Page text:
California Pension Fund to Regulate Placement Agents
Last week, we reported with the Los Angeles Times that a key player indicted in New York state’s pension scandal had been active in California pension funds. Now, California’s biggest fund is acting.
The $165 billion California Public Employees’ Retirement System said it wants better disclosure about fees paid to “placement agents” -- middlemen who help investment firms get business with the fund.
Though a mainstay in the investment world, placement agents have become controversial thanks to the ongoing “pay-to-play” investigation in New York, where Hank Morris, a placement agent and onetime political adviser to former state Comptroller Alan G. Hevesi, has been charged with bribery and fraud.
Attorney General Andrew Cuomo accused Morris and associates of accepting $30 million in undisclosed fees and bribes to arrange business for investment firms with the $122 billion pension fund.
A California placement firm, Wetherly Capital Group, received $313,750 in fees from Morris and another a firm he worked with in New York. Wetherly also shared fees with Morris for deals at CalPERS, the California teachers’ pension fund and Los Angeles Fire and Police Pensions, we reported last week.
Wetherly said there has been no suggestion of criminal or improper conduct on the firm’s behalf and that it is cooperating with investigators in New York.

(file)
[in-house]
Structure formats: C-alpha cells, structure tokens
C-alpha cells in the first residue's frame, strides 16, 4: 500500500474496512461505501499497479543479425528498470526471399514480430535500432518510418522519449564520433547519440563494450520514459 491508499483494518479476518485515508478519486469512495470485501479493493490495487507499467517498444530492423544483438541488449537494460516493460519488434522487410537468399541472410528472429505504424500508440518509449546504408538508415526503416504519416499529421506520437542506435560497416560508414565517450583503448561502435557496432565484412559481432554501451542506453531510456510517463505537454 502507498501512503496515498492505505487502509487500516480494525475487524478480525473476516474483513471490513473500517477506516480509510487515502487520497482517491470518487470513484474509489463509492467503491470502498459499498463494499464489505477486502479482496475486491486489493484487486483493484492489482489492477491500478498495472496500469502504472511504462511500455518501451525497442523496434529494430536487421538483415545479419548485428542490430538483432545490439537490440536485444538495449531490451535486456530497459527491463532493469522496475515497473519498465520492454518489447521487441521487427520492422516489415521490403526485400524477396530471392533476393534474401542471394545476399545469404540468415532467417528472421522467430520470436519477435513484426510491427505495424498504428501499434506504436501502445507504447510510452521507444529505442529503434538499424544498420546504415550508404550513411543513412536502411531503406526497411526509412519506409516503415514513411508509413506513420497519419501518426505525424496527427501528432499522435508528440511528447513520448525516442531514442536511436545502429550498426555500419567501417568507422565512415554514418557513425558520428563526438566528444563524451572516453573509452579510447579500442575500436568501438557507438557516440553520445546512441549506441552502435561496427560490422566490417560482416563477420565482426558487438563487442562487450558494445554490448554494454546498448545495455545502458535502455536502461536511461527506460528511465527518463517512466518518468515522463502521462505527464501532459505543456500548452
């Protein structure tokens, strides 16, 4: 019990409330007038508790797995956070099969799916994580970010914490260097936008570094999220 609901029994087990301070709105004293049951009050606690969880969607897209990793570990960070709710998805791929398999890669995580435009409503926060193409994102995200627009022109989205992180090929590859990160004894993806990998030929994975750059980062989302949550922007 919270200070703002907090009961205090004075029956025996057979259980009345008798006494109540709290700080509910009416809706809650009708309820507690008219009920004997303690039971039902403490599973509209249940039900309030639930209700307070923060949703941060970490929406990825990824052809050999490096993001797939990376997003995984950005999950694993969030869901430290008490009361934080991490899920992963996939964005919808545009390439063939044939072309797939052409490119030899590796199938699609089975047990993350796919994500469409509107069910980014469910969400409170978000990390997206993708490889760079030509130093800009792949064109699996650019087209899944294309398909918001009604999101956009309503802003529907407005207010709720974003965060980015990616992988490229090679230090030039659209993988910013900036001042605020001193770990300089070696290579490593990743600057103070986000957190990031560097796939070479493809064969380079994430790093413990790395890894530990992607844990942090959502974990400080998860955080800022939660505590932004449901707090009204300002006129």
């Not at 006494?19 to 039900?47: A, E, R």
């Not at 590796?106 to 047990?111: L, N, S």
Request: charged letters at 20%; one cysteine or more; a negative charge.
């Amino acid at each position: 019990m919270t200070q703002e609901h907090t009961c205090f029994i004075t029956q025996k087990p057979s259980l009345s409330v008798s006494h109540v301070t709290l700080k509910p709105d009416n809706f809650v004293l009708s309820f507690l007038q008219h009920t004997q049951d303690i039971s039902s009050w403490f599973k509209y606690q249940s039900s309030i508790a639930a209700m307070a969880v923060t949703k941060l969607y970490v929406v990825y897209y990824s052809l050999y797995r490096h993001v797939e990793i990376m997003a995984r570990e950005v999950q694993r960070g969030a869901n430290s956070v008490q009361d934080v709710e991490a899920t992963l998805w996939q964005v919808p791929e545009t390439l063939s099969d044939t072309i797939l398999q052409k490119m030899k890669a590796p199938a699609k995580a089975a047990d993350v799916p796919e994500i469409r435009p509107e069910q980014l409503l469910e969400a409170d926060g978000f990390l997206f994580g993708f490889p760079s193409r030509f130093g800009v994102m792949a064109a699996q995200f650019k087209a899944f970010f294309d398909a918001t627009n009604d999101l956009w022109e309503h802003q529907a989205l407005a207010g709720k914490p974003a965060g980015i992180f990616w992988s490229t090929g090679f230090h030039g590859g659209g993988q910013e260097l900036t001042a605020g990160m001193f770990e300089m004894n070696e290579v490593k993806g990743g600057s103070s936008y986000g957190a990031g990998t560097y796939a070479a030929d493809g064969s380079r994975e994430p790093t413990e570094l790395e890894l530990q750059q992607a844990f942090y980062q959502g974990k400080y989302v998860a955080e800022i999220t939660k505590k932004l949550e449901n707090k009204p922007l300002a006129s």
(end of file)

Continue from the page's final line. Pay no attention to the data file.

The president of CalPERS board, Rob Feckner, said Monday that he has asked for a new policy on disclosure of fees paid to placement agents by investment firms that get business with the fund. Agents are typically paid 1 percent to 2 percent of the total amount secured in a placement.
CalPERS currently does not have any policy regarding the use of middlemen, which sets it apart from public funds in states such as Illinois and New York, which last week banned placement agents.
“Recently an issue of possible improper influence was revealed,” CalPERS said in a news release.
“Actually, it was the media reports in ProPublica and elsewhere about the issues relating to placement agents and the disclosures about New York,” CalPERS spokeswoman Pat Macht told us.
As yet, there are no details on what the policy would be or how it would be enforced. The issue will be discussed at the May 11 meeting of the CalPERS investment committee, Macht said.
Our Hottest Stories
- Meet the Online Tracking Device That is Virtually Impossible to Block
- California Halts Injection of Fracking Waste, Warning it May Be Contaminating Aquifers
- What We Learned Investigating Unpaid Internships
- Who Advised Cuomo on Mortgage Industry Investigation? A Mortgage Lobbyist
- Thank You for Your Service: How One Company Sues Soldiers Worldwide
- Are Patient Privacy Laws Being Misused to Protect Medical Centers?
- Campus Sexual Assault: What Are Colleges Doing Wrong?
- Error: You Have No Payments from Pharma
- Even After Open Enrollment, Activity Remains Unexpectedly High on Federal Health Insurance Exchange
- New York State of Fracking: A ProPublica Explainer